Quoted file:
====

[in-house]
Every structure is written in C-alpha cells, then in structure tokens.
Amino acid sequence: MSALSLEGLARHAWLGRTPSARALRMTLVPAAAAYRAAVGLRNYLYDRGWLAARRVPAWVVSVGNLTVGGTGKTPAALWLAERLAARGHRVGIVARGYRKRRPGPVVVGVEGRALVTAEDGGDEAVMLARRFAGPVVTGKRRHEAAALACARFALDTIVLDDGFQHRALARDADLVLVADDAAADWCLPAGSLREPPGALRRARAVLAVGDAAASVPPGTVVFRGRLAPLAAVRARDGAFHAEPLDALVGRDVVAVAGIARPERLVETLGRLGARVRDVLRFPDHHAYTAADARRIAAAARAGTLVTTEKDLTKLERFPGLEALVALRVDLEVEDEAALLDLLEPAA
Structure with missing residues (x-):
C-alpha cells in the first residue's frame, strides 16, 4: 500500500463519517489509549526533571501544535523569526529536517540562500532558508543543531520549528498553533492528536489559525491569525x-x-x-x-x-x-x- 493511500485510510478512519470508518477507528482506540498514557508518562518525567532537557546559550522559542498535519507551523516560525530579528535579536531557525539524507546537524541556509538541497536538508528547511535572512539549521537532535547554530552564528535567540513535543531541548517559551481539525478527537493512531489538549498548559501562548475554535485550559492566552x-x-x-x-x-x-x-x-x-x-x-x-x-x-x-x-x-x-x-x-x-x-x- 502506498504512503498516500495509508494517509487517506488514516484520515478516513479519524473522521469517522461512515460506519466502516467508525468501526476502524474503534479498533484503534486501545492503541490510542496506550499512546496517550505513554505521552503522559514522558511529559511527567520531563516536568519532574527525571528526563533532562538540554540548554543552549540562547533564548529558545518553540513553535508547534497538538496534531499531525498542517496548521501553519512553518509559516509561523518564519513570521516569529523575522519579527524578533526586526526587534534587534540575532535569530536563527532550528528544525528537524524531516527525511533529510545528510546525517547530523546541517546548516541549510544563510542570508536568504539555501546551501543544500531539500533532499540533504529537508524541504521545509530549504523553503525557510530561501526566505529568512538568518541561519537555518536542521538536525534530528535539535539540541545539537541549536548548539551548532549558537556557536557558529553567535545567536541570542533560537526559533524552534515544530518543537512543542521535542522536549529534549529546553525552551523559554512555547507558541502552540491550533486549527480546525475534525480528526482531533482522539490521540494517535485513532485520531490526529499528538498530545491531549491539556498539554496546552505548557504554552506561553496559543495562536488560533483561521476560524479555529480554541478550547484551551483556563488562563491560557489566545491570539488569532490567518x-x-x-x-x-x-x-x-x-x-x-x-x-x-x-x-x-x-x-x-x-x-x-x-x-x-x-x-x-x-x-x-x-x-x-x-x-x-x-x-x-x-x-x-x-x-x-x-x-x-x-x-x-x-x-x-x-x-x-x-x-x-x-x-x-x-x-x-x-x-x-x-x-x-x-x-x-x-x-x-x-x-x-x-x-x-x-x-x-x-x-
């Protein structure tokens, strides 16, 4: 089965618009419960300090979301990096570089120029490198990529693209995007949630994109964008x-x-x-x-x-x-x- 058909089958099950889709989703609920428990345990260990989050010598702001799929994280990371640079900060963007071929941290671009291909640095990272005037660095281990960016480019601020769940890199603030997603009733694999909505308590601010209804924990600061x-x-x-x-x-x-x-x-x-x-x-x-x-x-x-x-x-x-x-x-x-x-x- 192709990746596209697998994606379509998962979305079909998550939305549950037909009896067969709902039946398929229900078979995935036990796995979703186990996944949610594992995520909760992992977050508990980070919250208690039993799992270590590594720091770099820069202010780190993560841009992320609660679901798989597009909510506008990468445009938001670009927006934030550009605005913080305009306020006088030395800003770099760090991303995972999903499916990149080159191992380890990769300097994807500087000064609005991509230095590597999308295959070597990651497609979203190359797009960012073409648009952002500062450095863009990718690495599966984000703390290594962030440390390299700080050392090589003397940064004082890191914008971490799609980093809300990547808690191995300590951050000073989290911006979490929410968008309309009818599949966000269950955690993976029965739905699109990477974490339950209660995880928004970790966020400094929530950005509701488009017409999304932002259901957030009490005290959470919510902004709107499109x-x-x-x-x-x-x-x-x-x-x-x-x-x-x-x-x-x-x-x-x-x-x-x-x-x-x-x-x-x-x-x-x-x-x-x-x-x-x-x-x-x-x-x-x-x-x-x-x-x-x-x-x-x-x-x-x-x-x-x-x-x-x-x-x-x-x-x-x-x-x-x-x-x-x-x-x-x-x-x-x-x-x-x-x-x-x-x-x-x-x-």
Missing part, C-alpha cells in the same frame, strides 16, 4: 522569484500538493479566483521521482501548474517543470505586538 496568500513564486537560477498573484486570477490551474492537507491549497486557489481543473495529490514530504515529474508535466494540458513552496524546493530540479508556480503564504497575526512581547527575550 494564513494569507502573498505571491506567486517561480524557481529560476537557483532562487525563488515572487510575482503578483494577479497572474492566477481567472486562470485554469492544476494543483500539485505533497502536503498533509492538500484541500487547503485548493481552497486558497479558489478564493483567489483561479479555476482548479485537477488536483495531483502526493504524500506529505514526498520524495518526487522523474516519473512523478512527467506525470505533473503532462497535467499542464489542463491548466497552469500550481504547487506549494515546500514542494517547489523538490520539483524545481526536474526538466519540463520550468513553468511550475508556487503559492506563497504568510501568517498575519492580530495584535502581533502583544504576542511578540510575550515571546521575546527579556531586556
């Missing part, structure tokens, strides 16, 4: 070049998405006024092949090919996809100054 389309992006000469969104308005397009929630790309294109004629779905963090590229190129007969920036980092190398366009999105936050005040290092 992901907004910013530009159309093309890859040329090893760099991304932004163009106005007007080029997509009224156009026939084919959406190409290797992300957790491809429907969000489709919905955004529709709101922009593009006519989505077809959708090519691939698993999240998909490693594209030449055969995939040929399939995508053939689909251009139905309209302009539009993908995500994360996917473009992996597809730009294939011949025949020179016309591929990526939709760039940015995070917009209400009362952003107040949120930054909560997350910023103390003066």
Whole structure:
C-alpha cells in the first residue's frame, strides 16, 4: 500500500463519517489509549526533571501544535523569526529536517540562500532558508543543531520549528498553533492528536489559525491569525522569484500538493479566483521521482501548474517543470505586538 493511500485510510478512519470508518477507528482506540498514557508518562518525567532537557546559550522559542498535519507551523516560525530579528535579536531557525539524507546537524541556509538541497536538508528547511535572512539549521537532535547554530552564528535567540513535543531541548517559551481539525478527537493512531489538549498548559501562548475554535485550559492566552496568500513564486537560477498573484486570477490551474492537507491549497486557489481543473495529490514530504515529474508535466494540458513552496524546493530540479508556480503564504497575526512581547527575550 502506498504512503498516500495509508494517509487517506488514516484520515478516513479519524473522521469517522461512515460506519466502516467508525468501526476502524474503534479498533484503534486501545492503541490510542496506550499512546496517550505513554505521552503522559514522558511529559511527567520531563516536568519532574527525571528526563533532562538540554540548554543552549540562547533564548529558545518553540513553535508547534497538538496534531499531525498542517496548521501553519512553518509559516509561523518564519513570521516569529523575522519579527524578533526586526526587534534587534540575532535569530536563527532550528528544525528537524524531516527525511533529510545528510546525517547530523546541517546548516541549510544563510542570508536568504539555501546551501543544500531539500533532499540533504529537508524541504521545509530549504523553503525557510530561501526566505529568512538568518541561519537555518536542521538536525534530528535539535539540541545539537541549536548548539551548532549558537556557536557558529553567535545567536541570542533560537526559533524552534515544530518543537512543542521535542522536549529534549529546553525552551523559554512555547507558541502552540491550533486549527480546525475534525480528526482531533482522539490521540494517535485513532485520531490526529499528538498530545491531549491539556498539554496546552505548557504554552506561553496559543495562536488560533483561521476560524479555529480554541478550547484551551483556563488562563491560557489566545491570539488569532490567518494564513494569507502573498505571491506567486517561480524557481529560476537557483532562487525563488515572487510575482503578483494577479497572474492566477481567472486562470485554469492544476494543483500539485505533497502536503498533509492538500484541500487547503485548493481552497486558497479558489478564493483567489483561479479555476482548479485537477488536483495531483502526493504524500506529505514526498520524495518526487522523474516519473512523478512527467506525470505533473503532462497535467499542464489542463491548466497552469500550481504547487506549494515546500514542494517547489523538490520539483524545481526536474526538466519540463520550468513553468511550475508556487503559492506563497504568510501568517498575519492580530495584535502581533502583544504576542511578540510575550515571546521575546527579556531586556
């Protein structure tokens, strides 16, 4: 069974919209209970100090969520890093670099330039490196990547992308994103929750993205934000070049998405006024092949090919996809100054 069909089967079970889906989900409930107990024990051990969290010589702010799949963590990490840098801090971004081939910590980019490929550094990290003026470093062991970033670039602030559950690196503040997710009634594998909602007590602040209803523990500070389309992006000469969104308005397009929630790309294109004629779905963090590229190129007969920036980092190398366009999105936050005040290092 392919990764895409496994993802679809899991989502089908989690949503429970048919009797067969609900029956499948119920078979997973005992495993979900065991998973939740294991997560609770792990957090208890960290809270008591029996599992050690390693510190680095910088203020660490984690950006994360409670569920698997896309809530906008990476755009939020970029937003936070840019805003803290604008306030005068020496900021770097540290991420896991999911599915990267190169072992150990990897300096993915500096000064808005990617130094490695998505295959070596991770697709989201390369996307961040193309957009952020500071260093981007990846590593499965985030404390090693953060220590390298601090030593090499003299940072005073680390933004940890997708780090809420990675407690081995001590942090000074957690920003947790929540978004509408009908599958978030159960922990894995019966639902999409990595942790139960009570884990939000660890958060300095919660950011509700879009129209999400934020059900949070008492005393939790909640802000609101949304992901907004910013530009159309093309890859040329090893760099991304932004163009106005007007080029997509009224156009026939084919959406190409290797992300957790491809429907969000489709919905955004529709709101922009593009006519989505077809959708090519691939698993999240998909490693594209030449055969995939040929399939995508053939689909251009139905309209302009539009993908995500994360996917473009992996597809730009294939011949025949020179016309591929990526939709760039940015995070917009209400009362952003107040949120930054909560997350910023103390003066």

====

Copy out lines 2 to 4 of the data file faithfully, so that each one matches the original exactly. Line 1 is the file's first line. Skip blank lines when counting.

Every structure is written in C-alpha cells, then in structure tokens.
Amino acid sequence: MSALSLEGLARHAWLGRTPSARALRMTLVPAAAAYRAAVGLRNYLYDRGWLAARRVPAWVVSVGNLTVGGTGKTPAALWLAERLAARGHRVGIVARGYRKRRPGPVVVGVEGRALVTAEDGGDEAVMLARRFAGPVVTGKRRHEAAALACARFALDTIVLDDGFQHRALARDADLVLVADDAAADWCLPAGSLREPPGALRRARAVLAVGDAAASVPPGTVVFRGRLAPLAAVRARDGAFHAEPLDALVGRDVVAVAGIARPERLVETLGRLGARVRDVLRFPDHHAYTAADARRIAAAARAGTLVTTEKDLTKLERFPGLEALVALRVDLEVEDEAALLDLLEPAA
Structure with missing residues (x-):